Somehow, again, we’re heading towards the end of summer. The long, light-hearted days are already shortening and the lakes and ponds will soon begin to cool. We’re heading back into fall’s months of busyness when we just don’t have time for those hour-long swims, for noticing each quarter degree change in the water’s temperature.
I mourn the end of summer swimming days. Averse to over-chlorinated pools, I try to get my fill of the drink in those summer months when nothing feels so good as slipping into the silky northern waters and staying in until hungry friends, impatiently waving at the shore, call you in to join the party. I love my swims, and I know I am not alone in this passion. Water plays a big part in Canadians’ enjoyment of our fairer months, and for many of us, our time spent in lakes, streams and ponds can provide defining moments in our summers, if not in our lifetimes.
This summer was no exception for me, and I’d like to share with you one of those moments – a tale from my field work, and a bit of summer memory I’ll now carry with me forever:
Have you ever heard of Wapato? Neither had I until this July. When the term was brought up on the first day of my summer course, I thought my professor must have been referring to a town – sounds vaguely familiar, I thought, but don’t ask me to point it out on a map. Over the next couple of days, however, the import of this word began to grow on me, and by the end of my field work I couldn’t believe there was a time when Sagittaria latifolia didn’t hold a special place in my heart.
What is Wapato anyway, you probably ask. And why would some aquatic plant come to mean so much to a traveling group of nineteen students? Also known as arrowhead, for the distinctive shape of its leaves, this lovely wetland plant is found in ponds and lakes in many parts of the country. Although the leaves help to easily distinguish this plant from others, it is its underground portion that in fact gives it its cultural significance, and that originally set us off on our Wapato expedition.
In a similar fashion to our domestic potato, only in a wetland rather than a dryland environment, the Wapato produces a network of edible tubers. Functioning as storage organs for the plant, these tubers are stock-full of nutrients and carbohydrates. What the potato was for Europeans is comparable to what the Wapato was in the diet of the Secwepemc people of Interior BC, the area my colleagues and myself were studying. However, where not long ago entire villages could, year after year in the same location, harvest enough Wapato to feed everyone plus a few, there are now very few plants to be found. The Wapato has declined considerably in distribution and abundance, and where found, it is typically of very small size. According to our expert Secwepemc elder, a Wapato harvest from present populations would yield a quantity of little use to the harvester.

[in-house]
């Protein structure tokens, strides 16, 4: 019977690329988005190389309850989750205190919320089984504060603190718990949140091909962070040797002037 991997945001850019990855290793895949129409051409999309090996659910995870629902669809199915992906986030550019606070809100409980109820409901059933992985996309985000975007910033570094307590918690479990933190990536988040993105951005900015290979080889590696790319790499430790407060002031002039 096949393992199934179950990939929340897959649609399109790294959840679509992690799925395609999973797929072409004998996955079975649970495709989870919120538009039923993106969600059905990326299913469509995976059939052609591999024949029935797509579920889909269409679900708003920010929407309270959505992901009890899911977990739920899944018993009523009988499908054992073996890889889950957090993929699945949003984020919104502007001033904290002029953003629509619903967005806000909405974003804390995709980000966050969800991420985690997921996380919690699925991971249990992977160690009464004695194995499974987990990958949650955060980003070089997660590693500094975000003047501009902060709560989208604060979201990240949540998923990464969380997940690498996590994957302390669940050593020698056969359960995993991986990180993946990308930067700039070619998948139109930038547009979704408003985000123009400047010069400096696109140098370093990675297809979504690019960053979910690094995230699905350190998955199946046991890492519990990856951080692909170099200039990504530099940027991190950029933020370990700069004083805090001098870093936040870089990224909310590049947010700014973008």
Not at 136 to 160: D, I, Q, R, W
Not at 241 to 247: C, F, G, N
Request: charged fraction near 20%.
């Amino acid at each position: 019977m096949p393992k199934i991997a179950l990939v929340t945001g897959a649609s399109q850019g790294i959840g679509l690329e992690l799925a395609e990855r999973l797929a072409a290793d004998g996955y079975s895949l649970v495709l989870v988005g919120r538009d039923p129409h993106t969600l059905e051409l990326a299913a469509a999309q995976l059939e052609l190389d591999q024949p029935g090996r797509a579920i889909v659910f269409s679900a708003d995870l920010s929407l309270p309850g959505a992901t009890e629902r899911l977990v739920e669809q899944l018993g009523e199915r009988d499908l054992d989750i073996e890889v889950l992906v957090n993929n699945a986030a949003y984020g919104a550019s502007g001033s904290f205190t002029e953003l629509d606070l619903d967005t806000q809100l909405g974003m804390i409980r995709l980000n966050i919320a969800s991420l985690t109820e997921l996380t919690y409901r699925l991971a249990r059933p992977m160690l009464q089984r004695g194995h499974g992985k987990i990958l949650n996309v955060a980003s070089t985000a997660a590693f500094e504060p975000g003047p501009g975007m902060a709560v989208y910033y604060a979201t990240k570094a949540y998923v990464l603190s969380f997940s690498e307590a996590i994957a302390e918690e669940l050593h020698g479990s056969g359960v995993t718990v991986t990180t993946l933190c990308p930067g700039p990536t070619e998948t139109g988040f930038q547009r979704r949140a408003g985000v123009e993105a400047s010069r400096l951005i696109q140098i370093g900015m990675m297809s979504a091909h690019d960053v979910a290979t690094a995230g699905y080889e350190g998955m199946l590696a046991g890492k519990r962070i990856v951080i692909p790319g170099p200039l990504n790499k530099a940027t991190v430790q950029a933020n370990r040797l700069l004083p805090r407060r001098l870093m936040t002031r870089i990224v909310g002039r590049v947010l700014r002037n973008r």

But our group did not walk the back field toward the pond to harvest the Wapato that evening. We did not remove shoes and socks as the ground filled beneath our feet because we wanted to collect the plants’ tubers. We didn’t roll higher and higher, then finally take our pants right off as the water became waist-deep to satisfy any physical hunger. It was not due to our stomachs that we paid so little heed to the thick muck of the pond’s bottom, its oozing between our toes:
We had come to this pond to see the restoration of the Wapato. We had come with wide eyes and hoping hearts to see the now limited plant in its native habitat, to find if the replanting efforts of the previous year had paid off, to see if the Wapato was recovering, and to find hope that one day it may again be harvested by those who once relied so heavily upon it for survival.
It was our group of nineteen, trudging pantless through the murky waters and mucky bottom of the pond, eaten alive by hungry mosquitoes, and thinking of only one thing – the Wapato; growing here, spreading there, sprouting and popping up between exclosures and decidedly making its mark again where once it had reigned supreme.
Itchy, mucky and wet; elated, admiring and in awe at this little sign of recovery and healing – this is my highlight, my new favourite water memory, this year’s taste of summer’s delights. Thanks to Wapato, thanks to the sweet pond it grows in, thanks to summer months and times in the field. Another memory to keep, another story to share:
Global Forest Science: Restoring Arrowhead in the Thompson Valley, B.C. (http://www.globalforestscience.org/research/projects.html?projectName=Restoring_Arrowhead_in_the_Thompson_Valley,_B.C.)
Zoe Dalton is a graduate of York University’s environmental science program, and is currently enjoying working towards a Master of Arts in Integrated Studies with Athabasca U. She can be reached for comments or questions at firstname.lastname@example.org.